Thomas Yu
Staff Writer

Am I the only one who feels the need for anger management classes after watching a Flyers game? From the number of penalties they take to their lack of offense, it is so frustrating to watch a team with so much talent do nothing. They average 1.62 goals a game, which is the second worst in the league, ahead of only the Buffalo Sabres. That’s okay because the Flyers do lead the NHL in one category–penalty minutes. Now the Broad Street Bullies pride themselves in their toughness but that doesn’t mean that we should be ranked third in fighting majors. Although it is nice to flex our muscle from time to time, it’s not worth being shorthanded 53 times in 13 games (seventh in the league). Speaking of being shorthanded, the Flyers find themselves with the second worst power play percentage in the league, with 9.4%. I can go on and on with stats but I’m sure you get the message, the Flyers aren’t doing that well to start the 2012-2013 season. The main reason I find myself so frustrated with this team is the lack of offensive production. We acquired Vincent Lecavalier this off season and he is currently leading the team with seven goals, closely followed by Brayden Schenn, who has six. Our other notable players like Giroux, Voracek, Hartnell and Simmonds all combine to have earned just seven goals. With all of the talented skaters we have, I expect much more than just 1.6 goals per game. But luckily, they have been turning it around lately.

Claude Giroux breathes a sigh of remorse, an emotion allegorical to many fans.
Claude Giroux breathes a sigh of remorse, an emotion allegorical to many fans.

The Flyers lost seven of their first eight games of the season and we fired head coach Peter Laviolette just three games into the season. Now this is where it gets really frustrating for me. I believe Paul Holmgren is one of the worst general managers in the NHL. Since he took over for Bob Clarke in 2006, he made mistake after mistake, and put the pride and joy of the Philadelphia hockey fans in a downward spiral. To save us some time, I won’t even mention the Carter, Richards trade because I have been trying to suppress that memory. Let’s begin with Holmgren’s ludicrous carelessness with money. Remember when we signed Jody Shelley to a three year, $3.3 million contract? Wouldn’t every team want to spend $1.1 million a year on a 34 year old enforcer? He only played 89 games in three seasons. How about when we signed Kimmo Timonen for a ONE year $6 million contract? Does he forget about age and assume that they can continually play at a high caliber? Timonen is slow and has been fighting chronic back pains. He has already been taken out with a lower-body injury this season. He is playing how you would expect a 38-year-old would play, not how a $6 million player would play. Speaking of age, what beats the signing of Mark Streit this year for a four-year $21 million contract? Not only are we overpaying for a 35-year-old defenseman who was last on the Islanders in +/=, but we also gave up AHL forward Shane Harper and a fourth round pick in the 2014 Entry Draft. We get to have him until he is 39 with his current contract and he has been placed as the team’s fifth defenseman in ice time and second on the power play unit. Another great $21 million spent. Holmgren also doesn’t understand how to develop young players. He throws them away like they are nothing. From Sergei Bobrovsky to JVR, Holmgren does not have the patience to groom these players to their prime. Bob has already won a Vezina Trophy with the Blue Jackets and JVR has become a first line threat who scored 38 points in 55 games last year and is on track for another great season this year. I love Luke Schenn but he is currently a slow, physical defenseman who is averaging just over 15 minutes per night. I know a lot of people love him, but these are facts. Well, to wrap up this long rant on Holmgren, why would you keep Laviolette, just to fire him three games into the season? Why not just fire him during the off season and get a new coach that can get adjusted with the team? Paul Holmgren: The reason why the Flyers’ future looks bleak and full of financial struggle.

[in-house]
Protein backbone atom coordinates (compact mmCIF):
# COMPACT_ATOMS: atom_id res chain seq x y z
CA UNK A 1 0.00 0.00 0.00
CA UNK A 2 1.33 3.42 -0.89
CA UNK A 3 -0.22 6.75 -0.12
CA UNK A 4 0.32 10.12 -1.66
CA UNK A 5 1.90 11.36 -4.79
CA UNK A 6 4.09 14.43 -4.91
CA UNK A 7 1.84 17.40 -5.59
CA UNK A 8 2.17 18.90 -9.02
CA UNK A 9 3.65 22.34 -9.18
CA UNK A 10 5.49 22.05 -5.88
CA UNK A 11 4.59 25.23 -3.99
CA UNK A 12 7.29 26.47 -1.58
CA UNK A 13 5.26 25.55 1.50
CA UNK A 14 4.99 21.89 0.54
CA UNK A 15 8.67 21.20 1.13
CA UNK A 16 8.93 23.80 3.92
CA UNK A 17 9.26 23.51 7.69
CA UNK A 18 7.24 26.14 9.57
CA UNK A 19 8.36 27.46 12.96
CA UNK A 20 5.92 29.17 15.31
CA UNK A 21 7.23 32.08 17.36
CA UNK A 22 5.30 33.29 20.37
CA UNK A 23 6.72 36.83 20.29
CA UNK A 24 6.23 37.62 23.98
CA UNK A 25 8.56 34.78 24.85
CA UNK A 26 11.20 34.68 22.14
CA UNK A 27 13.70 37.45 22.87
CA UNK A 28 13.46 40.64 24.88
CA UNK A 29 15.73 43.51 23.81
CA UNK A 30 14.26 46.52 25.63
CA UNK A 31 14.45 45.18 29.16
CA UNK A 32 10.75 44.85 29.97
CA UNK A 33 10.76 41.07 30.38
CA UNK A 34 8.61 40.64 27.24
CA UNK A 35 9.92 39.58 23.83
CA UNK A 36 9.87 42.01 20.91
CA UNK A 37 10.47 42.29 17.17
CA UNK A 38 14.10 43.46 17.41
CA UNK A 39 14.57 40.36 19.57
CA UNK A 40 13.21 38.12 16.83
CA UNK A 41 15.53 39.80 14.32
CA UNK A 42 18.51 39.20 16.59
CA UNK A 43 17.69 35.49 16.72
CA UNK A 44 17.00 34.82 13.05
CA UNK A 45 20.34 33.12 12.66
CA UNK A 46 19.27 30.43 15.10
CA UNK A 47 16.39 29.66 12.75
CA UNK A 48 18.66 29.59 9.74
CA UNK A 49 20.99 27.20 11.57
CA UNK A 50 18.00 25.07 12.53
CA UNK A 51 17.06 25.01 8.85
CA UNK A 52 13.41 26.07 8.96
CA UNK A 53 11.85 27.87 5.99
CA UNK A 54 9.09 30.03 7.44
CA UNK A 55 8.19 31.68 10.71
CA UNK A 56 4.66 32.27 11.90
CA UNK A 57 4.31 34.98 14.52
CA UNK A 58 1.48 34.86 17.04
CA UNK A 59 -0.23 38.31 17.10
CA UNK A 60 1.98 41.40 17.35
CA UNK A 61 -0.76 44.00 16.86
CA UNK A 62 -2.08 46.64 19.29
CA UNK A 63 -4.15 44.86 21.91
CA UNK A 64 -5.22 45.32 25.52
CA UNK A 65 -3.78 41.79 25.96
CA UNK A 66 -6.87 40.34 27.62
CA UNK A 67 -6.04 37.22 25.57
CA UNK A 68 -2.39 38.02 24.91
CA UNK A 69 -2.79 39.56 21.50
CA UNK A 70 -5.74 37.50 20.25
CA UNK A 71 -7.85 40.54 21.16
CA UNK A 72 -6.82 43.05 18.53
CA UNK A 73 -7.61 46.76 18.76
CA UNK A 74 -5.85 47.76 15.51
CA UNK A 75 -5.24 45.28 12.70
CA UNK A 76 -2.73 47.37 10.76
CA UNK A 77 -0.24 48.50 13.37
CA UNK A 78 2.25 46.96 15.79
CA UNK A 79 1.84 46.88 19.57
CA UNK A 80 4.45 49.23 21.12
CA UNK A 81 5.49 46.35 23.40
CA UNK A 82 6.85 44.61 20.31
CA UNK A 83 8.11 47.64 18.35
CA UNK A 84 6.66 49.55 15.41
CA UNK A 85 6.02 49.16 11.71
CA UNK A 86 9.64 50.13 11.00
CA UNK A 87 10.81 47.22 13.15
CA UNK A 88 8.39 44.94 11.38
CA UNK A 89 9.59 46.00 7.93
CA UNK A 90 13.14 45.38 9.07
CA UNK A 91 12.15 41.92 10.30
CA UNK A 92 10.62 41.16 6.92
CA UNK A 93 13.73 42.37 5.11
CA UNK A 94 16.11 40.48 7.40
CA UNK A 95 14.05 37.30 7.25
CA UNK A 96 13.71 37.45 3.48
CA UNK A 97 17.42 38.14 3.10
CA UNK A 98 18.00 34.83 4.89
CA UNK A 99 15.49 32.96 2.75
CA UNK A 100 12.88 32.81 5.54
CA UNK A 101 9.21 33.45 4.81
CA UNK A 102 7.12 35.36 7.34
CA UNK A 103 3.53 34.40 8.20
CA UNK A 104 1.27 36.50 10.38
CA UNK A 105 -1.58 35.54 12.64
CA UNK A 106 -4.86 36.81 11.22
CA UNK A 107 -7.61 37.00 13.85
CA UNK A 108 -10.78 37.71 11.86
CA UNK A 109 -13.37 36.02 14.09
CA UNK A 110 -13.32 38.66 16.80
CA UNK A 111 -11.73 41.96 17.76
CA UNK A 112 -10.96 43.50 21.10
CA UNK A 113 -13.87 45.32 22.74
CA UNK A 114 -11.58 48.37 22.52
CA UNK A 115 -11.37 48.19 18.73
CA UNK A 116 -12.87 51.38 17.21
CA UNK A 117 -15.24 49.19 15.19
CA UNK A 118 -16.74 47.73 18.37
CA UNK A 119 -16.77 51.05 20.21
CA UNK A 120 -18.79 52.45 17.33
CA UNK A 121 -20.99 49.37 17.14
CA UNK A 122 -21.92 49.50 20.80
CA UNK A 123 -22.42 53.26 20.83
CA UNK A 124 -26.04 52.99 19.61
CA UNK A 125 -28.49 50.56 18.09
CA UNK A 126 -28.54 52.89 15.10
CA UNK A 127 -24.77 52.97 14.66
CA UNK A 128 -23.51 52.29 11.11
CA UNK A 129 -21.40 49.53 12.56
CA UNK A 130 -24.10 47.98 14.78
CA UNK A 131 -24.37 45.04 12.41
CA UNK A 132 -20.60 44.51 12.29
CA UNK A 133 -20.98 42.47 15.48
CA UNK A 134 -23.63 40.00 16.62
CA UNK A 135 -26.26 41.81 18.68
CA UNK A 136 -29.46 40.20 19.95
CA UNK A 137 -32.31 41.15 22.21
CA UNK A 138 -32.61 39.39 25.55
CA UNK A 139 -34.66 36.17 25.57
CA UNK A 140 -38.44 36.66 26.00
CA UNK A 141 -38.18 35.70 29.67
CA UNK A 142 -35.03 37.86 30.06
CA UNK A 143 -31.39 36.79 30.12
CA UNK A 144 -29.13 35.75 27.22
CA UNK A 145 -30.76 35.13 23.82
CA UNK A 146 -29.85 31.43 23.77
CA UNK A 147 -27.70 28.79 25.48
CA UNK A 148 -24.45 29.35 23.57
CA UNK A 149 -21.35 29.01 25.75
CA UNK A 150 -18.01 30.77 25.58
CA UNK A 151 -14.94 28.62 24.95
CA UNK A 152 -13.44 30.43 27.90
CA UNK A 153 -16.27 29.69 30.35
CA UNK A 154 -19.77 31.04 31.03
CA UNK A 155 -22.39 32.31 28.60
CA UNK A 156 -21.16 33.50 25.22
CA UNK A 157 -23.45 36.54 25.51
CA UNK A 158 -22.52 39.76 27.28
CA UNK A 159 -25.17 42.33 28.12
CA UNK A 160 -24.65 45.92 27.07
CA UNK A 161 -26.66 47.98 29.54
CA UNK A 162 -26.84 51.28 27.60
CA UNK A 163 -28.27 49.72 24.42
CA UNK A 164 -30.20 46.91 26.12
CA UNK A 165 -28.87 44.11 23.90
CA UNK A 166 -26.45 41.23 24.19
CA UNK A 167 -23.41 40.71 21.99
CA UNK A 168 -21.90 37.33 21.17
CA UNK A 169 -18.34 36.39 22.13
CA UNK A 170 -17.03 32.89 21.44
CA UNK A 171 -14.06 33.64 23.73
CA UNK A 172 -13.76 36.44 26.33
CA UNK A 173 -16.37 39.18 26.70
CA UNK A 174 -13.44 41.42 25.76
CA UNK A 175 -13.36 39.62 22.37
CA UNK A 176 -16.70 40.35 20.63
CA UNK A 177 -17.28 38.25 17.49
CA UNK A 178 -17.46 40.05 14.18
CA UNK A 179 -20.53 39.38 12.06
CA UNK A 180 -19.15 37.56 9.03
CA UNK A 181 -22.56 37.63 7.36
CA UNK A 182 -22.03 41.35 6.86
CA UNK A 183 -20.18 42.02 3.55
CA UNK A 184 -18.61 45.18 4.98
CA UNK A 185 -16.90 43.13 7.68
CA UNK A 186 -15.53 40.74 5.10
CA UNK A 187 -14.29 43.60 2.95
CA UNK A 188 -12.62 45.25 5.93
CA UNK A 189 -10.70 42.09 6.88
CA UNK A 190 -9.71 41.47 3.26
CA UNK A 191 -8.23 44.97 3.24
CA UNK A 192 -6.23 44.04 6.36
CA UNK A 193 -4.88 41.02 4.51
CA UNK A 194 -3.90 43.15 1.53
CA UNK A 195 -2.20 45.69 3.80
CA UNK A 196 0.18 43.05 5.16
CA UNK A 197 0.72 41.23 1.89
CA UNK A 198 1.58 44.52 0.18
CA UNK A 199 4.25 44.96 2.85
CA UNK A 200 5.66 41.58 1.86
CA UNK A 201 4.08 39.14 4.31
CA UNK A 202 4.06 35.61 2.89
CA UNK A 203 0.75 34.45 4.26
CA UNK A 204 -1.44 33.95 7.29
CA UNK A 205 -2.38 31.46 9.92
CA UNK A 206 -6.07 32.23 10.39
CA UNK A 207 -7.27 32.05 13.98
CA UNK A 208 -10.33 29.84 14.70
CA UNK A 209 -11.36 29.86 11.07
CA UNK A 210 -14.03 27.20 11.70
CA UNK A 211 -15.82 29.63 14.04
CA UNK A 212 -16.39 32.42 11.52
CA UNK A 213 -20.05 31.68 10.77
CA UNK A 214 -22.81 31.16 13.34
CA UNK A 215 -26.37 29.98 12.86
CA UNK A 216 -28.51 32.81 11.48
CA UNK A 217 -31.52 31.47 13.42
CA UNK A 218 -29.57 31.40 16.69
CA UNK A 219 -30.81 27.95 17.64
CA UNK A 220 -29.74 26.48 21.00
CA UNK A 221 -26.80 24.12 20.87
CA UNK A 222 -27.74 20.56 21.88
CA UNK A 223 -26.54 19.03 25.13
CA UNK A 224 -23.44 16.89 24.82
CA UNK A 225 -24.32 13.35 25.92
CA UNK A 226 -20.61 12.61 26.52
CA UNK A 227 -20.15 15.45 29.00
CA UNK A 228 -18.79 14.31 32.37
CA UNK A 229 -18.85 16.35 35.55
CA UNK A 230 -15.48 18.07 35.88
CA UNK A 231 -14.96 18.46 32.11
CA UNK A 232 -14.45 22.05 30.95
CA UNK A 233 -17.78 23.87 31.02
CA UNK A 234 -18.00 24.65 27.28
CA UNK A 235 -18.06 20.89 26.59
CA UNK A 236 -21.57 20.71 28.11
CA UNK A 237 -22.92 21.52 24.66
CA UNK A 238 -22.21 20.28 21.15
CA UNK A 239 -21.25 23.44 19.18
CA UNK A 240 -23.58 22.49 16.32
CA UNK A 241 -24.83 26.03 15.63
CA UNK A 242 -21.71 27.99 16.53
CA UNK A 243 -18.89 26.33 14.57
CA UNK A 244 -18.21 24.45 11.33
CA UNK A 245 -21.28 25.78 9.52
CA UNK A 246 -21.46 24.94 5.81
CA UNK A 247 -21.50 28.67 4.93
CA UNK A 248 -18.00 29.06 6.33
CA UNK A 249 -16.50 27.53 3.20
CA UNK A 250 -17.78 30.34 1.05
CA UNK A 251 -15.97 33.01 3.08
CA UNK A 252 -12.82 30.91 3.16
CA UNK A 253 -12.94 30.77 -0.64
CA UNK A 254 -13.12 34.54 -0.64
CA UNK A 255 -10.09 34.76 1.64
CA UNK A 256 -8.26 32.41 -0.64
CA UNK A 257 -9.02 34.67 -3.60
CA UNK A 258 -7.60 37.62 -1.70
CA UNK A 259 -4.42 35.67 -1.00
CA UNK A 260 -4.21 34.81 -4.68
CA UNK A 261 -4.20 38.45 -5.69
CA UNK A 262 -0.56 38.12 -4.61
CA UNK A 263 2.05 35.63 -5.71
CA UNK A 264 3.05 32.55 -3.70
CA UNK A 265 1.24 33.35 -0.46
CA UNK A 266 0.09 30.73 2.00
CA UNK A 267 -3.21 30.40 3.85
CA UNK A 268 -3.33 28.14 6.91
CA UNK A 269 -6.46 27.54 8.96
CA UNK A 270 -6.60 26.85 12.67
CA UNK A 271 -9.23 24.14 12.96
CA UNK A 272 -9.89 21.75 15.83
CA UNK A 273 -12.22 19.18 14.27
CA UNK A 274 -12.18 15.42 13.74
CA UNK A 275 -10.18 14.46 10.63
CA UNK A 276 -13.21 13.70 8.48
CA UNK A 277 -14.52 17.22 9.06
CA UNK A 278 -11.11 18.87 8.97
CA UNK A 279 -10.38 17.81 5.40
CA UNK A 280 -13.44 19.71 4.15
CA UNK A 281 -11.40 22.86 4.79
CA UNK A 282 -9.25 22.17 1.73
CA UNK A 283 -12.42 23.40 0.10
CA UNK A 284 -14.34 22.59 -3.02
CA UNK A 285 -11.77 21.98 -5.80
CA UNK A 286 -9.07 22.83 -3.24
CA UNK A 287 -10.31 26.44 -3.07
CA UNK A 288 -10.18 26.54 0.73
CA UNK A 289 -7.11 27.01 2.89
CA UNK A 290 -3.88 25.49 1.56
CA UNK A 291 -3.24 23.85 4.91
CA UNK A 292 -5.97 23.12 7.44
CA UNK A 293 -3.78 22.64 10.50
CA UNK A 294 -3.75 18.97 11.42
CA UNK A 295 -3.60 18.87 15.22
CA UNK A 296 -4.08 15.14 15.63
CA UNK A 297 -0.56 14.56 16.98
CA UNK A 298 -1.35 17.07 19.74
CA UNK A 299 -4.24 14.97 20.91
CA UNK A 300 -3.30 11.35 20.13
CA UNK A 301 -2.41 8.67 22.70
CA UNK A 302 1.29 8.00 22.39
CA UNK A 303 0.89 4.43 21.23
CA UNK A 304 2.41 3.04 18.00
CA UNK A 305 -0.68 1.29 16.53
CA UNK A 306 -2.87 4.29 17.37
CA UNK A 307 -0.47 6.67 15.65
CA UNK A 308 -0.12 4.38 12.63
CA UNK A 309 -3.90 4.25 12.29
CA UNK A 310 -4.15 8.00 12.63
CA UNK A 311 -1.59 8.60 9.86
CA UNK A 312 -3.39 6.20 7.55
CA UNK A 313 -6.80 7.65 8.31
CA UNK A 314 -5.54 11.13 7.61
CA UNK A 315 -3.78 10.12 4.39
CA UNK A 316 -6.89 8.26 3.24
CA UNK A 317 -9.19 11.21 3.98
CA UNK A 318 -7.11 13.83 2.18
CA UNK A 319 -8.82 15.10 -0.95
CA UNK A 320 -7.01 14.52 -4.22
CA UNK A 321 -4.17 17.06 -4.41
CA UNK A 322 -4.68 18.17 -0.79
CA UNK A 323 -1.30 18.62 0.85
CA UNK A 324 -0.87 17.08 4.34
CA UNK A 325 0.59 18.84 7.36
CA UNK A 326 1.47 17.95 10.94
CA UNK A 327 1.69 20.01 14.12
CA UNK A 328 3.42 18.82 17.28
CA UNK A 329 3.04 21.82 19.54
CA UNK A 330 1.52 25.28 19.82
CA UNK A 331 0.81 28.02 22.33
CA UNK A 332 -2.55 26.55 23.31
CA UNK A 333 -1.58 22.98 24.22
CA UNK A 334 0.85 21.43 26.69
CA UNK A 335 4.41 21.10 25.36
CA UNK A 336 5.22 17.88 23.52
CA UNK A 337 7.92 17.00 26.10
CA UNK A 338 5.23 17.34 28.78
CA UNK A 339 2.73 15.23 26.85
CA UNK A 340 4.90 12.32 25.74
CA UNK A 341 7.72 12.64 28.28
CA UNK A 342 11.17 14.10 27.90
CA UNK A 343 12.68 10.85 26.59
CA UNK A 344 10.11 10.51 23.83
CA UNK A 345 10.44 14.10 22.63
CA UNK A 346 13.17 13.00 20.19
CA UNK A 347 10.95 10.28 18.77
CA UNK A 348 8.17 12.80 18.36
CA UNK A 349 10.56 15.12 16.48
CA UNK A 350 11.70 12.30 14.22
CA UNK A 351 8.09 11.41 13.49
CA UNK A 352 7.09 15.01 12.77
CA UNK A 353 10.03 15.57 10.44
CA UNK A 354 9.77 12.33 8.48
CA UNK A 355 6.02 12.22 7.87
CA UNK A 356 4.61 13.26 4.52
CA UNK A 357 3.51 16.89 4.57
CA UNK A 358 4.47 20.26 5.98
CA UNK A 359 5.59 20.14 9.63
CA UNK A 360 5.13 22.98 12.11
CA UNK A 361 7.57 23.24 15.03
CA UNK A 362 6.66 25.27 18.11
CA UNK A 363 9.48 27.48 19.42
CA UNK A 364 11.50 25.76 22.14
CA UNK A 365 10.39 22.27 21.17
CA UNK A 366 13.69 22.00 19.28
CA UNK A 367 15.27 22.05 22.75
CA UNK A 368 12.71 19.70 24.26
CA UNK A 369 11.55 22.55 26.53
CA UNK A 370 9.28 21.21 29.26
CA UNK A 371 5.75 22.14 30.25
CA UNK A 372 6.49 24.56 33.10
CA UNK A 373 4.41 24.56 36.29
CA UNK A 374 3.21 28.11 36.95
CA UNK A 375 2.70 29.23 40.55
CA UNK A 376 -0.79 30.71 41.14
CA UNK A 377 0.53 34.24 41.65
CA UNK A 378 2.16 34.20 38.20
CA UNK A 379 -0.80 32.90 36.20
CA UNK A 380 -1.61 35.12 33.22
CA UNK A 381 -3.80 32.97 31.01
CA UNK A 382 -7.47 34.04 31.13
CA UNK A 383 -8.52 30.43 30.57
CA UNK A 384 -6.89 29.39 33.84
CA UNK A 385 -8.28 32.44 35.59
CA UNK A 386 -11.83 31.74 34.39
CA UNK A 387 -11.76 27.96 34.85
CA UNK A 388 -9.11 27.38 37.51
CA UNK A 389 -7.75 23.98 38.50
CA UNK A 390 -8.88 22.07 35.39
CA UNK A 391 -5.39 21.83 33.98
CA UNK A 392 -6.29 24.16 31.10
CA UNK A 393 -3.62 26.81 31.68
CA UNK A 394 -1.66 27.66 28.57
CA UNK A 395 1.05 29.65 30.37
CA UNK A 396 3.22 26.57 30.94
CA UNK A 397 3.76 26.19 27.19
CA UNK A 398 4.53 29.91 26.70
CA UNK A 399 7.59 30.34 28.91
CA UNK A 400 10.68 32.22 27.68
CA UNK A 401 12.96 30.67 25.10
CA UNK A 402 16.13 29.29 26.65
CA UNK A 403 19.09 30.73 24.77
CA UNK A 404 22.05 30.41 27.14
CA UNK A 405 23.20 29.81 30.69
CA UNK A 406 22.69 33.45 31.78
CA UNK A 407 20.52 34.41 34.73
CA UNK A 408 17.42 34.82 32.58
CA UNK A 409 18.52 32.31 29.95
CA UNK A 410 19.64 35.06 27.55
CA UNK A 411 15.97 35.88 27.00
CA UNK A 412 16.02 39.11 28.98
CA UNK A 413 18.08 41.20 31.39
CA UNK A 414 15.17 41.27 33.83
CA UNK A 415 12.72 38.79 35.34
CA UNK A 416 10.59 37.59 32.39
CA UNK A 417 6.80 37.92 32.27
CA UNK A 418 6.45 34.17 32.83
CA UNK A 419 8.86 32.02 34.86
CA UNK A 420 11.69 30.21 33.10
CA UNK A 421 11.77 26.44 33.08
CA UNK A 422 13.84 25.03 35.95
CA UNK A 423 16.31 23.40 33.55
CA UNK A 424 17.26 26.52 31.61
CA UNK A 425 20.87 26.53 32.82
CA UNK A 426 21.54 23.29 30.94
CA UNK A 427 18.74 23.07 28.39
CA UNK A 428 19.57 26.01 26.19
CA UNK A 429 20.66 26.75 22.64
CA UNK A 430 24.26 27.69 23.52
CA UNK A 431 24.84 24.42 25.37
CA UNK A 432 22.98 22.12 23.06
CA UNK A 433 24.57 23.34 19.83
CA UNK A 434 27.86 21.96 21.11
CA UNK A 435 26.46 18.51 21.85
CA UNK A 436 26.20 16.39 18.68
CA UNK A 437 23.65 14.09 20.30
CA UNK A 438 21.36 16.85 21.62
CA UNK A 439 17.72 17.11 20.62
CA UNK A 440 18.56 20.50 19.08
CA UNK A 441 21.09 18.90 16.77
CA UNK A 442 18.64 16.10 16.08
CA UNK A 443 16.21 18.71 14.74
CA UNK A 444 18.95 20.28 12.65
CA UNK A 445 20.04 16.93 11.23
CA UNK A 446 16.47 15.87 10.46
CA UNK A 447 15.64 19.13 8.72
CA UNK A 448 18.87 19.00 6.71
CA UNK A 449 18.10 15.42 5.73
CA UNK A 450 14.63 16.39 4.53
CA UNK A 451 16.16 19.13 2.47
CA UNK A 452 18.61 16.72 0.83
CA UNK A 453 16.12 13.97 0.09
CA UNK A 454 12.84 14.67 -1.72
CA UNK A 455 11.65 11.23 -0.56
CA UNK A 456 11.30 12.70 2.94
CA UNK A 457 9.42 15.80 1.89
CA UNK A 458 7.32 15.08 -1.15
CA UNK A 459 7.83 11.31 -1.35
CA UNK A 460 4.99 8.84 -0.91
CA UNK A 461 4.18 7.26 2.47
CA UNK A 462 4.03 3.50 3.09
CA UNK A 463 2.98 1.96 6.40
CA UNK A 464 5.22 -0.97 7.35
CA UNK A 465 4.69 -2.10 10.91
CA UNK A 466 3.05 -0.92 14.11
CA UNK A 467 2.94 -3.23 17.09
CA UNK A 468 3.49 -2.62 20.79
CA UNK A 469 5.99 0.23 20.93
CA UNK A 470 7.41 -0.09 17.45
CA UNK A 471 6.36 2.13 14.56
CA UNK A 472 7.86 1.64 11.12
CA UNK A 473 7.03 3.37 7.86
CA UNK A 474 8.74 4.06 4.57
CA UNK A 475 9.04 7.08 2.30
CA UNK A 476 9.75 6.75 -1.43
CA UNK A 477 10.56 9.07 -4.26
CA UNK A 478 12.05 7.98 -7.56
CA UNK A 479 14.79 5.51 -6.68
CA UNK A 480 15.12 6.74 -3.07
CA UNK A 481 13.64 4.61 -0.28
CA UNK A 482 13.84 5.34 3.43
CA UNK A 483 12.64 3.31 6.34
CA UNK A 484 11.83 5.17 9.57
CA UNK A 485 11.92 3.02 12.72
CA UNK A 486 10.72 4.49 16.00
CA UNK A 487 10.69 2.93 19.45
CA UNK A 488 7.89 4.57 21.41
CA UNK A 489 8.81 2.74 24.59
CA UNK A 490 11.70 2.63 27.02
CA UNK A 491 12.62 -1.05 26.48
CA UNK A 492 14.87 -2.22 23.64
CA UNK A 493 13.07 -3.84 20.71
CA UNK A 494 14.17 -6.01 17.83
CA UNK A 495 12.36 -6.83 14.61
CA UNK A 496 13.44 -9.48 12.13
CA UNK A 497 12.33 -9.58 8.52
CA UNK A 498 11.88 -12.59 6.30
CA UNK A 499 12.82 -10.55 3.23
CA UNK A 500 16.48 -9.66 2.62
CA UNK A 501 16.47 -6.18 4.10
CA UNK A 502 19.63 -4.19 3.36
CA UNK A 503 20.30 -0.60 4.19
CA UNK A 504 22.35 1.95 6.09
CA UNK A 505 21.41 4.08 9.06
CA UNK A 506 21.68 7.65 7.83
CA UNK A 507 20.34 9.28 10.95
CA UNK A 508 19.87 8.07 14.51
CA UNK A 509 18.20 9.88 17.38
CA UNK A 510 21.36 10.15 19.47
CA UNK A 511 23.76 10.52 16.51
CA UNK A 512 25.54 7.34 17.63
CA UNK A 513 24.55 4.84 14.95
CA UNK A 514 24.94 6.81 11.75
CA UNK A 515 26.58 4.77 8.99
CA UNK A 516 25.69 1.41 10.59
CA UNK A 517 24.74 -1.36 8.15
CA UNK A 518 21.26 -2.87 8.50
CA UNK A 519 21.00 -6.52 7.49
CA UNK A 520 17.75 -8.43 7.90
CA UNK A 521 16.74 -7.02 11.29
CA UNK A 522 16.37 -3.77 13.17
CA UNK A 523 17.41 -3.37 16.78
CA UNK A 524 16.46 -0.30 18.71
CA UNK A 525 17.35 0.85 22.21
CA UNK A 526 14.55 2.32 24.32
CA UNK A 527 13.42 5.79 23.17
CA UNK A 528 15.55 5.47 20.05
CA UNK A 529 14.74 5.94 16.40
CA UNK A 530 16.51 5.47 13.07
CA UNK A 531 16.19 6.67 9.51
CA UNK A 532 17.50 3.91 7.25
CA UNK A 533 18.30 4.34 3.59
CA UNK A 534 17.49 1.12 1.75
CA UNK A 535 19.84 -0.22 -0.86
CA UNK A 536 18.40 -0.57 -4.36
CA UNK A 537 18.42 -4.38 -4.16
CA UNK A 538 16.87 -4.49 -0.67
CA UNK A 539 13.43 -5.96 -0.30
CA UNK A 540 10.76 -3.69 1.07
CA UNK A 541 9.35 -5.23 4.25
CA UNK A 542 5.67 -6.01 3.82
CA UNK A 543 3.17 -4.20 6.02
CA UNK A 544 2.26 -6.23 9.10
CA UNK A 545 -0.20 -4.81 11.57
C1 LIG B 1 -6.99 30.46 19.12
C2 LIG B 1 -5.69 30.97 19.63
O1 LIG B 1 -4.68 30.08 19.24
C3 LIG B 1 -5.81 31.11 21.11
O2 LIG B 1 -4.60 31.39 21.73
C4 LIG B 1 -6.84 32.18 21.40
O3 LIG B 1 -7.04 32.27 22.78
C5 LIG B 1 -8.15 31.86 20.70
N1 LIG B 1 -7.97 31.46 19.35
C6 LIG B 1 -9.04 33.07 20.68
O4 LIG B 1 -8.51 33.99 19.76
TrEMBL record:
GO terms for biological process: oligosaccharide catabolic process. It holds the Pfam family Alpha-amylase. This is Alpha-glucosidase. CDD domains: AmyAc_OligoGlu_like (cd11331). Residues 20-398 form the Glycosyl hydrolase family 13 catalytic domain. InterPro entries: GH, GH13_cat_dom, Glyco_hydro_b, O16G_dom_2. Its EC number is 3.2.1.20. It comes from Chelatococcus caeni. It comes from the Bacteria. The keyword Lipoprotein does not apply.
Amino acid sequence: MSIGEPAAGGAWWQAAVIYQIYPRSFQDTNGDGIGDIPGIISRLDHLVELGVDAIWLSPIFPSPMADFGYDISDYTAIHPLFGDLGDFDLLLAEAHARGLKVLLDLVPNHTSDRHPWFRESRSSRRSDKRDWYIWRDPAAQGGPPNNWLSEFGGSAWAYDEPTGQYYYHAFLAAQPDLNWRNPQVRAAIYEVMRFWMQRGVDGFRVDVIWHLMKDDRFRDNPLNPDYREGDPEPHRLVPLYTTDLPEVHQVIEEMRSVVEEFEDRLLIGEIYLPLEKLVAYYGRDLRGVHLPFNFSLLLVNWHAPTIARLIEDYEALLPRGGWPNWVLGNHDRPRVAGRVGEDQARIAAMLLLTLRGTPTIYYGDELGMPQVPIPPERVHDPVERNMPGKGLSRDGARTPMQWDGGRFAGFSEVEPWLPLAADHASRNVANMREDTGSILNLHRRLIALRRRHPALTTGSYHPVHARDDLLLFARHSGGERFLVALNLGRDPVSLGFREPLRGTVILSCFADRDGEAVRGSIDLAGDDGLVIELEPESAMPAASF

There has been a recent turning point for the Flyers in the past couple of games. The Flyers have won six out of their past ten games and they have just been playing good hockey. Well, better hockey. I feel the turning point for the Flyers happened on Nov. 1, 2013 against the Capitals. I’m sure everyone remembers this game, in which Emery destroyed Holtby in a fight but the end score was 7-0 Washington. I don’t know whether it was a wake-up call to the Flyers being blown out or the momentum caused by the fight, but the Flyers have been producing on offense after that night. Most notably, the Flyers beat the Penguins 2-1, which made me jump with happiness, but they also beat the Senators 5-0 and Edmonton 4-2. They are currently riding a four-game winning streak and I hope this trend continues.